This week, 5-11 September 2022, is the British Beekeepers’ Association’s Asian Hornet Week. The aim is to raise awareness about the yellow-legged Asian hornet (Vespa velutina) in the United Kingdom (UK) and show how to report sightings. Asian hornet is an invasive non-native species in the UK and is a highly effective predator of other insects, including honey bees, so could pose a serious threat to UK pollinators if it were to become established here.
The species which is native to parts of Asia was accidentally introduced to France in 2004 and has spread rapidly into other European countries.
As this goes to print, APHA’s Pete Davies and the Eastern England bee inspector team are monitoring an Asian hornet sighting near Chelmsford. As Asian hornets can “hitchhike” e.g., on imported goods, or moved in vehicles, they can arrive anywhere as well as being “blown-in” from continental Europe, so please look out for hornets in your area and report your suspected sightings as described at the bottom of this blog.
To date, there have been 22 confirmed sightings of Asian hornet in Great Britain since 2016. Twelve of these sightings have been associated with nests, all of which were destroyed. Most findings have been along England’s south coast.
For the first time since the pandemic, the National Bee Unit (NBU) have sent inspectors to Jersey. The training ensures more inspectors gain live Asian hornet experience, including engaging in track and trace activities. Before inspectors were issued with a licence and badge, granting them authority to catch, mark and release Asian hornets whilst on the island, they undertook a short course and trained with the Jersey authorities. Without a licence it is unlawful to release these non-native insects once caught.
“We stood for long periods of time at bait stations observing hornets feed. We marked a small number of them, plotted their flight lines and recorded the time it took to get back. By moving bait stations, we successfully tracked hornets closer to their nests. I devised a simple monitoring device using a used takeaway coffee cup and cloth or kitchen roll saturated in wasp attractant. As these are items lots of people can find, you may want to try to monitor insects in your area?”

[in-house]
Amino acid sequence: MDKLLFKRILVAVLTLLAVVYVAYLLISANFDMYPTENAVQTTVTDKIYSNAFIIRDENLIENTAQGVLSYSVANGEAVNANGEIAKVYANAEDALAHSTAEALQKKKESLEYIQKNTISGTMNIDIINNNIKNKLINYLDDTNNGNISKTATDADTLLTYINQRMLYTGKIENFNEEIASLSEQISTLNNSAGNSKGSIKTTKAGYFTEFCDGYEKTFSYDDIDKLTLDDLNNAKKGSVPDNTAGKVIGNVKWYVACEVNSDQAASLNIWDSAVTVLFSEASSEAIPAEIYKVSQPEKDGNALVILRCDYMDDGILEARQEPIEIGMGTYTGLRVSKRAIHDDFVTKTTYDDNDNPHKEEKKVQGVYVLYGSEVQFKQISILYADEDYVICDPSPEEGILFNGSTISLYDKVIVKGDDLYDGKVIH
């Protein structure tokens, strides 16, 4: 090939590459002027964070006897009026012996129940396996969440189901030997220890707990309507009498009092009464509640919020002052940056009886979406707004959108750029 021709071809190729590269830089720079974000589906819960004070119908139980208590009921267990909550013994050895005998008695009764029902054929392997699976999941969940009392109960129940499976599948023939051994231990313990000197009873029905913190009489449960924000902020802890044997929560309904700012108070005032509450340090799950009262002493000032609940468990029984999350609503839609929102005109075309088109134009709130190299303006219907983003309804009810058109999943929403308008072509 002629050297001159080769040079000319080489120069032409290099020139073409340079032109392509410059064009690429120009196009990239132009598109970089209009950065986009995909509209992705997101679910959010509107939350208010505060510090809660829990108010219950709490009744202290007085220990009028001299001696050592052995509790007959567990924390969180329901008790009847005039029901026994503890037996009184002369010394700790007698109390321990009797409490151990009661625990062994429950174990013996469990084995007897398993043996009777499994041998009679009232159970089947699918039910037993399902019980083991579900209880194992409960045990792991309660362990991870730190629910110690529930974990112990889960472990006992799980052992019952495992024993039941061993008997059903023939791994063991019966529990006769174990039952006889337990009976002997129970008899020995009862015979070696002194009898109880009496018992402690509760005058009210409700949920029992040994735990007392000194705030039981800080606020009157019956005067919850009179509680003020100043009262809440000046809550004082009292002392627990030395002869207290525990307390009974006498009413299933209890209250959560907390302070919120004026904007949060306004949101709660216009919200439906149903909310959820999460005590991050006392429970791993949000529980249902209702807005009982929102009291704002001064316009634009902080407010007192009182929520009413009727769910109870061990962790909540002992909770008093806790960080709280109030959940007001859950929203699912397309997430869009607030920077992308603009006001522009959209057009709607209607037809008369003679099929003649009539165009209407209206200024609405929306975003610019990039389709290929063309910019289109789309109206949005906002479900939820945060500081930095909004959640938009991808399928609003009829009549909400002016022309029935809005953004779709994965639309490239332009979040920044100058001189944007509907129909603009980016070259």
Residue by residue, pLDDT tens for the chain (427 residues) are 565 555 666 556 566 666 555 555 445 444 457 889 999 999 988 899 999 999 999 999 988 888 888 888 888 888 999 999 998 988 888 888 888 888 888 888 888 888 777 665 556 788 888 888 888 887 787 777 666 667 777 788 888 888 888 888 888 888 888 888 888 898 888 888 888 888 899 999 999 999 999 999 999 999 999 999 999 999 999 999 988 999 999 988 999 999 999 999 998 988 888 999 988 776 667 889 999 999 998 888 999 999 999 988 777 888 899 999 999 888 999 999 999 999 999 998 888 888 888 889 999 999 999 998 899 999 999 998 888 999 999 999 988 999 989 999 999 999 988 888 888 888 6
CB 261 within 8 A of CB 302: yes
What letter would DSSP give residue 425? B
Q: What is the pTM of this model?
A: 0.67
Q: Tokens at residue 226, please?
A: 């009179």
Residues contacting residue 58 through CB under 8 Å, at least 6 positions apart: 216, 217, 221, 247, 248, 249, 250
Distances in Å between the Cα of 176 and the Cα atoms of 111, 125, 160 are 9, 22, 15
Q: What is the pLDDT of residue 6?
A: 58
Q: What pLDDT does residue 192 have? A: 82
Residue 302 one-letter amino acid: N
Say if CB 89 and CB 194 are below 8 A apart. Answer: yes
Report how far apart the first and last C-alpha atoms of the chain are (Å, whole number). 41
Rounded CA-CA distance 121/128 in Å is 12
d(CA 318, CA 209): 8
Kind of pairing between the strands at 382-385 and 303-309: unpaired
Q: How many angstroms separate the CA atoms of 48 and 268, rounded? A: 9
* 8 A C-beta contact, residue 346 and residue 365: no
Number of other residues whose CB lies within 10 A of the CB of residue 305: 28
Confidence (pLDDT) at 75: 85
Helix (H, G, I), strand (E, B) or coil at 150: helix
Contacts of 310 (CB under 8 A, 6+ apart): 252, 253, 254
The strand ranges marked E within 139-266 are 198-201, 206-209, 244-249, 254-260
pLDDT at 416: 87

John Geden, National Bee Inspectorate, APHA
Peter Folge, from APHA’s National Bee Inspectorate, were the first pair to receive training and over five hot days they saw many Asian hornets.
“Asian hornets are very distinct. We often heard them before we saw them and found they have a deeper, quieter buzz than our native European hornet. They hovered over bait and often circled it before deciding to land. Tracking hornets takes patience. It sometimes took a little while for them to settle and start feeding: they first tasted the bait, took off and then returned. Although we could stand quite closely safely, the hornets were aggressive with other insects at the bait stations and fought and chased wasps.”
Daniel Baxter and Karen Smith, National Bee Inspectorate, APHA
All the inspectors who visited Jersey for training felt it was extremely worthwhile, equipping them with invaluable skills for when for the next sighting that could occur anywhere at anytime!
Identifying an Asian hornet
When observed carefully, the Asian hornet has the following distinct identifying features:
- Striking yellow ‘socks’ – leading to its common name in Asia of the ‘yellow-legged hornet’
- Slightly smaller than our native European hornet but larger than a common wasp
- Darker than European hornet and many types of wasp, but has a distinct orange face and an orange-yellow band towards the tail end of its abdomen
How can you help?
This year, Jersey has recorded over 100 Asian hornet nests, its highest ever number. Although the UK has received thousands of sightings this year, most of the images sent clearly identify native species such as wasps, bees, and our native European hornet.
You can help by taking some time this week or later in the month to watch pollinators in your area. You can watch insects feed on late flowering plants such as Ivy, fallen fruit, or make a simple monitoring station; for more ideas see this leaflet.
You can get to know what similar insects look like by scrolling through images on the Asian Hornet Watch app or see this article on commonly misidentified insects.
If you liked this blog, you may wish to read some of our previous Asian hornet blogs: